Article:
Monday, June 11, 2012
Valentine: Umps need help on balls, strikes
By Matt Porter
MIAMI -- Red Sox manager Bobby Valentine, apparently still not over what he perceived as sketchy umpiring in a three-game sweep by the Washington Nationals at Fenway Park, suggested on Monday that it may be time for Major League Baseball to come up with a new system for calling balls and strikes by taking the human element out of the process and making it more uniform.
Valentine was asked before Monday's game with the Miami Marlins if he had received a call from the commissioner’s office regarding his comments about the umpiring in Sunday’s loss to the Nationals. He said he hadn’t, but added, “I probably will, right? Isn’t that great when that happens? Then they fine you, take your money, reprimand you, as though I did something wrong. It’s great. It’s a great system. I love it.”
Valentine spent the next 10 minutes talking about umpiring. His basic argument: If hitters constantly swing and miss at balls they believe to be strikes, umpires can’t be expected to get all the calls right.
Bobby Valentine was not a happy man Sunday.
"My thought on that whole thing is this: From the time now that people pay hundreds if not thousands of dollars to teach their kids to play this great game of ours, the No. 1 thing they try to do is teach their pitchers to throw the ball over the plate. They teach their hitter to swing at strikes and take balls," Valentine told reporters.
"When I did the Little League World Series, I thought it was the most criminal thing I ever saw. I wanted to cry when a kid in the sixth inning with the bases loaded and his team down by one run was called out on a strike three on a pitch that was six inches outside. He couldn’t reach it with his bat. I cried for him. And that kid is scarred for life playing our game by an injustice.
"And then someone says the most ridiculous words that I ever heard: 'But we like the human factor.' It's criminal that we allow our game to scar a young person like that, and then it continues on. I think in 2012 it should not be part of the process.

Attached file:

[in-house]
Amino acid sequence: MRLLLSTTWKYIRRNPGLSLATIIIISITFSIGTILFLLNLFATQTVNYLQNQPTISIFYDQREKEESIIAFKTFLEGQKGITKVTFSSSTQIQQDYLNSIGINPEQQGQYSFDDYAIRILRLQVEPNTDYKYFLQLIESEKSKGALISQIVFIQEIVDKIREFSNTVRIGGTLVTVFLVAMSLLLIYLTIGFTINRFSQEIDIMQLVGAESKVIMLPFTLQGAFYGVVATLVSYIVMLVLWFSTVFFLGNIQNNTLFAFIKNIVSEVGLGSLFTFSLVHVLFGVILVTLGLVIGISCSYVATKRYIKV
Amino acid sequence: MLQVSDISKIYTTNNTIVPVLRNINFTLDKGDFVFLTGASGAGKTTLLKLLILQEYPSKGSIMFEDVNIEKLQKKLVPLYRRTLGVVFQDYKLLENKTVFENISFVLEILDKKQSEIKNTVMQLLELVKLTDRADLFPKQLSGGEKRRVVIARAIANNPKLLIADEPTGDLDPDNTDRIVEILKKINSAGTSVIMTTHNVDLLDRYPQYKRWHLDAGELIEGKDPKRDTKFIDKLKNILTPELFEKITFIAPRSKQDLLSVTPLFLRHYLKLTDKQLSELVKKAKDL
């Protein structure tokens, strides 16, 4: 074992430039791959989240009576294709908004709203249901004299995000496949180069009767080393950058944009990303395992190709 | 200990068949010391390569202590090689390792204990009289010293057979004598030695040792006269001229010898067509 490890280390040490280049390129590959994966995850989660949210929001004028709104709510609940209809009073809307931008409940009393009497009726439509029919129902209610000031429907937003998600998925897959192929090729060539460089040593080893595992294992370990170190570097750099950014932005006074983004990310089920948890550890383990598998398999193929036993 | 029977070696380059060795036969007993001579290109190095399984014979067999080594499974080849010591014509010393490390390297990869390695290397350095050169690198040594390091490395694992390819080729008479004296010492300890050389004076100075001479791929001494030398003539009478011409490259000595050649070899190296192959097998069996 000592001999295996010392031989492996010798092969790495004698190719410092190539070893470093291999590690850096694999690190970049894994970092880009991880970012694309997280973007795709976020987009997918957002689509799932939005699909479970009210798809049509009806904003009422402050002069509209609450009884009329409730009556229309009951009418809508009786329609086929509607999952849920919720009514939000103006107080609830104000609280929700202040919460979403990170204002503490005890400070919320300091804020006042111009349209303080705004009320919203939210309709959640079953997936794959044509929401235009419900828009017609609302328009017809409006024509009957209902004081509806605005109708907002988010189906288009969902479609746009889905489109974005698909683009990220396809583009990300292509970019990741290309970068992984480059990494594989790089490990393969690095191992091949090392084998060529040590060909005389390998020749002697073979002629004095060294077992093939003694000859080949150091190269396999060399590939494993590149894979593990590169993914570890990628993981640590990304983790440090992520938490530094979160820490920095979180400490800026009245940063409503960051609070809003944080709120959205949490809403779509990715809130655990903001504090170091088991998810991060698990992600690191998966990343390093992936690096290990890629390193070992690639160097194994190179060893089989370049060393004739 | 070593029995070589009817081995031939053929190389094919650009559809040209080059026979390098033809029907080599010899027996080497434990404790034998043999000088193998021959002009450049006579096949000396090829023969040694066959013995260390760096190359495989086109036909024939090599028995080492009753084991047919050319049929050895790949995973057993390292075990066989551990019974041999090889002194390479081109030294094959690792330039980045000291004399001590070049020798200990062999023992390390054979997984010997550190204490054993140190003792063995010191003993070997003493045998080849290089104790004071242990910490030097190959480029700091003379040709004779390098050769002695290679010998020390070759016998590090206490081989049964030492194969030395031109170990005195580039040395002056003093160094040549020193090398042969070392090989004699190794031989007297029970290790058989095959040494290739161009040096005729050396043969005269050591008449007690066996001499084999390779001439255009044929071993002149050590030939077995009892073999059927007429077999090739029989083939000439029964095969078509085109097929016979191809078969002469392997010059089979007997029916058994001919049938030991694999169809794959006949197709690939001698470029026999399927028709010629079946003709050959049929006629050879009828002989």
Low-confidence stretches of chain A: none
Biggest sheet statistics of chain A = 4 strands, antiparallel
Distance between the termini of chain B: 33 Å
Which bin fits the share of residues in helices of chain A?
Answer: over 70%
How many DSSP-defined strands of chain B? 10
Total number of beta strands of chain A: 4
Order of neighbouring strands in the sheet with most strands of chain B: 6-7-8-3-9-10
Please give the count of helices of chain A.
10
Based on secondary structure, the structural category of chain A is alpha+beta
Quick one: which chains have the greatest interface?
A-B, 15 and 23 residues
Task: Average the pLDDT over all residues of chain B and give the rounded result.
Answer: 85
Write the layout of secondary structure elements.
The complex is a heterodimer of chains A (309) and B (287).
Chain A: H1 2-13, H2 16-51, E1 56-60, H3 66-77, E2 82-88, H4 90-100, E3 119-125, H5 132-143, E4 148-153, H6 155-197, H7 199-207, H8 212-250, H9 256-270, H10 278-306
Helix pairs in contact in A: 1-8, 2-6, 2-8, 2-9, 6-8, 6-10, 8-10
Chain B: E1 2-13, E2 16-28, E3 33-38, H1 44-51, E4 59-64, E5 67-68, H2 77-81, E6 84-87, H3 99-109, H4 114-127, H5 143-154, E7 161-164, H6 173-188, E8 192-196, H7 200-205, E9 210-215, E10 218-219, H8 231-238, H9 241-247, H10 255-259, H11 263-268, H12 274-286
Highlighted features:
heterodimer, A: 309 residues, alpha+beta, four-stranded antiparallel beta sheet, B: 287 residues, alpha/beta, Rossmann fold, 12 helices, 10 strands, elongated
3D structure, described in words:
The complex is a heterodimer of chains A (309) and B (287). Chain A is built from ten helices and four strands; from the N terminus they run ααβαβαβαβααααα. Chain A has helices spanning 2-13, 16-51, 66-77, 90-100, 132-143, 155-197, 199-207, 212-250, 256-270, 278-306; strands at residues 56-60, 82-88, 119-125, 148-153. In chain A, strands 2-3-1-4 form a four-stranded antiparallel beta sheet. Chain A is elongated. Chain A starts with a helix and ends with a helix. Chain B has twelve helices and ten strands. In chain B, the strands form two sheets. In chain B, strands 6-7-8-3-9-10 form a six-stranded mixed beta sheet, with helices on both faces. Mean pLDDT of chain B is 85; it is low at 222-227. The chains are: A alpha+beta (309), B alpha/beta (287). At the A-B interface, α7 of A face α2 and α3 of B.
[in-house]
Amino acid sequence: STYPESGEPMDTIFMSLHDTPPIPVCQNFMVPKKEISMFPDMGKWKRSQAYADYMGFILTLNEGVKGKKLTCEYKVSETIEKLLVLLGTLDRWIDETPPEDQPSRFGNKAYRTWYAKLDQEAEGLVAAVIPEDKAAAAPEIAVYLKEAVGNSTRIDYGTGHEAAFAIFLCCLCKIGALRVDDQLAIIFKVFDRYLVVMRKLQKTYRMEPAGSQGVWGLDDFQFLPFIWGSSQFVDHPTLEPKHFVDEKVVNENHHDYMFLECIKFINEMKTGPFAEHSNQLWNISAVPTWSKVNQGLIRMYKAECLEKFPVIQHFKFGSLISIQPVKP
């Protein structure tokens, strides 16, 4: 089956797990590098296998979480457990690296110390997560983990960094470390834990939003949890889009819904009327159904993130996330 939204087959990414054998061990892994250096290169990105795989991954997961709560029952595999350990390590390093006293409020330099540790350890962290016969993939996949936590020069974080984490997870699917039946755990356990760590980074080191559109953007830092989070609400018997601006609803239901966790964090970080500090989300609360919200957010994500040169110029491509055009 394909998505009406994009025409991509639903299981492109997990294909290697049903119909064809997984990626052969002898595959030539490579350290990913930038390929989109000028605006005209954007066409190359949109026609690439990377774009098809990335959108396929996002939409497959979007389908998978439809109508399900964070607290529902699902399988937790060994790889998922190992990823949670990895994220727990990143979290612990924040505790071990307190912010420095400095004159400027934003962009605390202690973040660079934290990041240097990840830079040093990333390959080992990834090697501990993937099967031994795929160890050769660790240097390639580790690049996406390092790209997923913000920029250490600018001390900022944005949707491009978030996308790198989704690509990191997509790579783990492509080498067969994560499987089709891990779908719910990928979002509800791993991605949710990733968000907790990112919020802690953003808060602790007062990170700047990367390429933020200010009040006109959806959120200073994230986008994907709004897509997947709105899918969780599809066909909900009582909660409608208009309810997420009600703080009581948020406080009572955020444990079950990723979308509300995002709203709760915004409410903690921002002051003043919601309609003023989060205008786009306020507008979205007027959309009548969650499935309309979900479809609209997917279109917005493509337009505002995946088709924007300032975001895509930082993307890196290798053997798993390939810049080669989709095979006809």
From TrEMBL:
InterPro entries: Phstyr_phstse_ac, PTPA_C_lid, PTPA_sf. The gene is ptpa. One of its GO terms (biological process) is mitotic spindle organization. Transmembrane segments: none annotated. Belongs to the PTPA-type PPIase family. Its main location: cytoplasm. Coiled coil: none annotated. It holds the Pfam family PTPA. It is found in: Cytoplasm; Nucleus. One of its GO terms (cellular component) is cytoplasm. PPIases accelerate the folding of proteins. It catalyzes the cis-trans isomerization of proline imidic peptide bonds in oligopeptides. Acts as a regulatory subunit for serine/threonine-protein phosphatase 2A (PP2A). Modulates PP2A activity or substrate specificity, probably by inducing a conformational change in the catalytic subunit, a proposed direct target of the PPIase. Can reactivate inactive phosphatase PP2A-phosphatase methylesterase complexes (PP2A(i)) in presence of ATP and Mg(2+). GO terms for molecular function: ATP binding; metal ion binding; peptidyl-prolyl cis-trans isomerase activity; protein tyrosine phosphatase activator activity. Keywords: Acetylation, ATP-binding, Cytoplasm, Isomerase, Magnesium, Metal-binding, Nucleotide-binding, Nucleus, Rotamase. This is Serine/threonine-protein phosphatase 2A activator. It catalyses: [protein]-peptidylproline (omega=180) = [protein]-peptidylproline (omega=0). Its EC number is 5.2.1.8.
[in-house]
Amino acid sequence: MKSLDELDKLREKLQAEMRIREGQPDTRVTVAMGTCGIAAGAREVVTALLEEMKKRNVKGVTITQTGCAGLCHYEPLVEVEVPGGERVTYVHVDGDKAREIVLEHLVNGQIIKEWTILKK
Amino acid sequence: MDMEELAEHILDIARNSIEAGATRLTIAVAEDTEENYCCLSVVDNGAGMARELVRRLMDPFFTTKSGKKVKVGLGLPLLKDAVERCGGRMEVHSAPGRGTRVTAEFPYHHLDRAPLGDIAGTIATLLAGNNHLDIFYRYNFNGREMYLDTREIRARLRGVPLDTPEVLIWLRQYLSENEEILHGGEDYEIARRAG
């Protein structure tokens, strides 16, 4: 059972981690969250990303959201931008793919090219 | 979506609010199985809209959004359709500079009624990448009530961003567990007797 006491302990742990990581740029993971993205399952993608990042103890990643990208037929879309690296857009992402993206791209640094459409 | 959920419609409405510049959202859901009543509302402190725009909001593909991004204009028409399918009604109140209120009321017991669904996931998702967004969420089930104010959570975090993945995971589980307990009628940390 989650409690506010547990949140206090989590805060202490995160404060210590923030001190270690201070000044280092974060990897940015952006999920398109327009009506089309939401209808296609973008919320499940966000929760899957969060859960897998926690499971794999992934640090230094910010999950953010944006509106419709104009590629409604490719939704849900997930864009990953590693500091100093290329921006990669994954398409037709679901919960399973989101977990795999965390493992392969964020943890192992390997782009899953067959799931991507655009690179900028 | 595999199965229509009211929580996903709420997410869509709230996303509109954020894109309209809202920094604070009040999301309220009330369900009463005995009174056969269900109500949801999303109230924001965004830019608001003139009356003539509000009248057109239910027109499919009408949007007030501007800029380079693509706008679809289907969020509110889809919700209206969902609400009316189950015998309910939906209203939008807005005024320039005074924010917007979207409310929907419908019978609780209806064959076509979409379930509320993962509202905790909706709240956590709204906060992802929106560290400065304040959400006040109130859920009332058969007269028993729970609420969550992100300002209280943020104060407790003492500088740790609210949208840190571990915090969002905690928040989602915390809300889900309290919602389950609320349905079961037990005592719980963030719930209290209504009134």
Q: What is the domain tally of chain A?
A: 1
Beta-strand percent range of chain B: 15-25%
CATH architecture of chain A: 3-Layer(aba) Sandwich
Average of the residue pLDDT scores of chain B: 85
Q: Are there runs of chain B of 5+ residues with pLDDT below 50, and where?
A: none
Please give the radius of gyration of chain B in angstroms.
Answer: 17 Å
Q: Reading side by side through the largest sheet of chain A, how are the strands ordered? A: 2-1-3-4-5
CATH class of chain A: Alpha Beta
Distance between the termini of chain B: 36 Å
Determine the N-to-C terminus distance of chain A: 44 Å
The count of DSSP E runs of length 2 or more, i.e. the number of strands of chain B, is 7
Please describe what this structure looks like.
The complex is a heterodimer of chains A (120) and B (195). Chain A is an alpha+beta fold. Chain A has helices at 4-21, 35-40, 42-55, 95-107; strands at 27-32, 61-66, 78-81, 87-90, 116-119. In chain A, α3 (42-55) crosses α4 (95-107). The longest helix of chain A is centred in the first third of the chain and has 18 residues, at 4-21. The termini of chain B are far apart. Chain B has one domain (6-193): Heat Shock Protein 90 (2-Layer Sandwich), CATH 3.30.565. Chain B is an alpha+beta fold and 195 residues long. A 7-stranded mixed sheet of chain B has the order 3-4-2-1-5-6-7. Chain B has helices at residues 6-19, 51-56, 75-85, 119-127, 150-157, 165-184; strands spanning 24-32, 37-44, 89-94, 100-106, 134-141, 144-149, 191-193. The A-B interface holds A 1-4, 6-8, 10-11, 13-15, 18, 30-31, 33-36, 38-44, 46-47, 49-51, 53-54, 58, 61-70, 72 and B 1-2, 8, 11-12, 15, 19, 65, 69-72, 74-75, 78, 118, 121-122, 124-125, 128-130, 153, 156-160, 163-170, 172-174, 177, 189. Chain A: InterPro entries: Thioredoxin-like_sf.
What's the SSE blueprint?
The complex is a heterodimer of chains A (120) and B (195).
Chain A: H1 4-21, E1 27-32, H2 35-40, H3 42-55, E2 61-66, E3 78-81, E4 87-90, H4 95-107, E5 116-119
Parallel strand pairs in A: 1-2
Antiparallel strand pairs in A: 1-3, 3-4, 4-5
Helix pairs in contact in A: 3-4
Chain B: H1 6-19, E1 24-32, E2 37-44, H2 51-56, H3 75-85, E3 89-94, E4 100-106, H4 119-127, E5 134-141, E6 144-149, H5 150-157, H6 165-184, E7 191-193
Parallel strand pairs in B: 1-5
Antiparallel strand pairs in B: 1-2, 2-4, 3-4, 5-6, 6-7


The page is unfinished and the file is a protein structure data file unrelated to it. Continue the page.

"I want a ball called a ball and a strike called a strike, and figure out how to do it. Let the humans do it somehow. That’s what the game is. It’s not Eric Gregg’s strike zone. It’s not what our game is. I don’t care what anyone says. I could get fined for it every day of my life. It’s my belief. Our game is not somebody else’s strike zone. Our game is what the book says. That’s how it should be played from Little League to Cooperstown, to make it fair, to make it right."
Valentine didn't suggest umpires are incompetent, rather that their job is too difficult.
"I think they’re very well trained, and I think they’re very good at what they do. I think it’s almost impossible to do what they do, so why do we ask them to do the impossible? If in fact you can’t see the ball the last five feet, and now pitchers are throwing pitches that are moving in that zone, cutting and splitting and moving in the zone, your eye can’t see what’s happening.
"They’re humans. We’re asking humans to do a feat a human can’t do."
Valentine didn't have an answer as to exactly what changes should be made.
"I don’t know how to do it. I know you can do it. It’s 2012," he said. "Maybe it should start in Little League. Start it so the kid doesn’t go home crying and not want to play our game again because of this thing that happened, and it’s happening thousands of times a day. I think it’s a flaw. I’m not talking about what happened this weekend, or what’s going to happen tonight. I know it’s part of the game, but I say it shouldn’t be.
"I don’t know how the Internet works. How about a fax? How about putting a thing in a machine and it showing up in Europe? If they can do that, they can figure out how to call a strike and a ball. Are you kidding me? That isn’t tough. It’s whether or not they want to do it."
Valentine picked up on a theme he introduced following Sunday's loss to the Nationals, when he was ejected in the bottom of the ninth inning for arguing about -- you guessed it -- balls and strikes.
"The game is simple: Throw it over the plate, call it a strike; don't throw it over the plate, call it a ball. Simple," Valentine said Sunday in Boston. "That's all anyone asks. I know it's been going on for 100 years, and I'm not the first one to say it, but this was a pretty lousy series."